• For those familiar with the Planet of the Apes series, how does this compare to the original storyline? Do the changes make sense, considering technological developments since the '70s? Do you think there should be more?

The good stuff
  • message true2

    Messages: There are some thought-provoking messages in the movie, especially the idea about whether it's questionable to test animals with drugs that could injure them if it's for the benefit of curing human diseases. Animal equality is brought up via both the character of Caesar, who's of superior intelligence to his human age-counterparts, and the misery of the apes held imprisoned in the animal shelter. Will's decisions to keep Caesar, give his father the experimental drug, and bribe an official show the moral ambiguity of doing the wrong thing for the right reasons. The tension between the pharmaceutical industry's drive for profits versus the good of helping the sick is another major theme.

  • rolemodels true2

    Role models: Despite keeping Caesar and giving his father drug-trial medicine illegally, Will is a hardworking visionary who wants to help cure diseases at work and comes home to take care of his ill father. He's not perfect, but he's disciplined, kind, and intelligent. Caesar himself is more "human" than some of the human characters. He's thoughtful, generous, and thinks everything through strategically. He only uses violence when threatened, as opposed to for sport.

What to watch for
  • violence false3

    Violence: In the opening scene, ape poachers are shown trapping apes in nets and chasing them with machetes and guns; shortly after that, a lab ape gets very aggressive with the scientists and is eventually shot and killed. The ape-versus-human violence is usually in retaliation for human-on-ape violence, and it includes apes grabbing and nearly breaking someone's hand, Caesar biting the hand of a neighbor who's pushing his owner, and apes fighting off police officers who surround and shoot them from a helicopter and the ground. The goriest scenes are of a man who's electrocuted (he's hosed down as he turns an electric stunning device on), a police officer who's thrown off a bridge by a gorilla, and a man plummeting into the water from a falling helicopter. An ape also dies protecting his leader. An elderly man succumbs to illness in his sleep, while a contaminated human dies from a strange virus.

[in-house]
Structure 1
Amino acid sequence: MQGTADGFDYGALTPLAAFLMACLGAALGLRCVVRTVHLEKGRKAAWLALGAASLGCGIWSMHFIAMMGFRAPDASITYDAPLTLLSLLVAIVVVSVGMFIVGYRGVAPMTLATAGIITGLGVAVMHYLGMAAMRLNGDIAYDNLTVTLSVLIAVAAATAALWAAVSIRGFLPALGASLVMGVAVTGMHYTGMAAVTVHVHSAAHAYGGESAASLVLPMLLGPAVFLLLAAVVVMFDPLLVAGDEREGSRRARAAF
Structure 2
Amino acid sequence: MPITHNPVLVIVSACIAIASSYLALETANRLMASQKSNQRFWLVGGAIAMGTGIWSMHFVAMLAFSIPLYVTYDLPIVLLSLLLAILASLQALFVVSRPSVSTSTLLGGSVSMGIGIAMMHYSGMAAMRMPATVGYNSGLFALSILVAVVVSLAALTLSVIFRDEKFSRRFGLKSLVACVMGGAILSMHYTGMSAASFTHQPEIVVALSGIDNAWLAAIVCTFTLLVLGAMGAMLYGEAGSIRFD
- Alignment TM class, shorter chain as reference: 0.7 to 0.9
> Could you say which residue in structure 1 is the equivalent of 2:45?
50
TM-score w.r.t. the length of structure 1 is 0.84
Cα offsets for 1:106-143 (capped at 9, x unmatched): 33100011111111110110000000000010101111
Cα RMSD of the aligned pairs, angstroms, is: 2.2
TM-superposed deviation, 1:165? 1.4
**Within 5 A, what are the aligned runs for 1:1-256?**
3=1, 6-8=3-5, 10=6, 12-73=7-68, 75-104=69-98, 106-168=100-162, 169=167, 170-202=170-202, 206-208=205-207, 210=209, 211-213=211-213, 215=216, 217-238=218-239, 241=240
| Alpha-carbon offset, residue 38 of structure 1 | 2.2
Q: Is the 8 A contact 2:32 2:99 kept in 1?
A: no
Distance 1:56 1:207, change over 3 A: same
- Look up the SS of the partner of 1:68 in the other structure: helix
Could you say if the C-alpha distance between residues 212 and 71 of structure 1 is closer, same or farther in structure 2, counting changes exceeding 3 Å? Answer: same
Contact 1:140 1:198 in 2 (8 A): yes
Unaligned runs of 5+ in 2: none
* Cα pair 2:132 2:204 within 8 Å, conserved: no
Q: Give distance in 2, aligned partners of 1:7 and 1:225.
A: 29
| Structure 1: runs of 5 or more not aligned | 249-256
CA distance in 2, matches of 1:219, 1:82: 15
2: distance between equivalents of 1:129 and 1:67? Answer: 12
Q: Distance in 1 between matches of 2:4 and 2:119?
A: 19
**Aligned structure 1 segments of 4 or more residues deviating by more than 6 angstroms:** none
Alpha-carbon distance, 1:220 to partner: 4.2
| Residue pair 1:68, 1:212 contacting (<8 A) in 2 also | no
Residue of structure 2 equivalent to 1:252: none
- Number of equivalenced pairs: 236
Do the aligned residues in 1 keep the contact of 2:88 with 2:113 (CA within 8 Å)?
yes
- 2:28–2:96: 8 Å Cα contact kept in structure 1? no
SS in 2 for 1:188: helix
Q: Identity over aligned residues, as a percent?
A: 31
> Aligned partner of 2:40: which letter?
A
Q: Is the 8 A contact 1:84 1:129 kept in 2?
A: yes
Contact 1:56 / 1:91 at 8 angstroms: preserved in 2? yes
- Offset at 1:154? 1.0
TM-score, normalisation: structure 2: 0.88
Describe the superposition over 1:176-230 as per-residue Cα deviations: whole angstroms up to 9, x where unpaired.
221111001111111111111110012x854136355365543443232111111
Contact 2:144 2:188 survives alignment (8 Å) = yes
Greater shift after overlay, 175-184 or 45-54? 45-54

• sex false1

    Sex: A couple of sweet kisses and some flirting between Will and Caroline. They live together (it's not clear whether they're married), and they're shown in bed, but only sleeping.

  • language false2

    Language: Language includes one use of "s--t," plus infrequent use of "hell," "ass," "goddamn," and "damn" (as in the famous line: "Get your damn paws off me, you damned dirty ape").

  • consumerism false1

    Consumerism: The only brand prominently featured is an Apple MacBook/desktop computer.

  • drugsalcoholtobacco false1

    Drinking, drugs and smoking: A primate shelter worker and his friend are shown with drinks in their hands.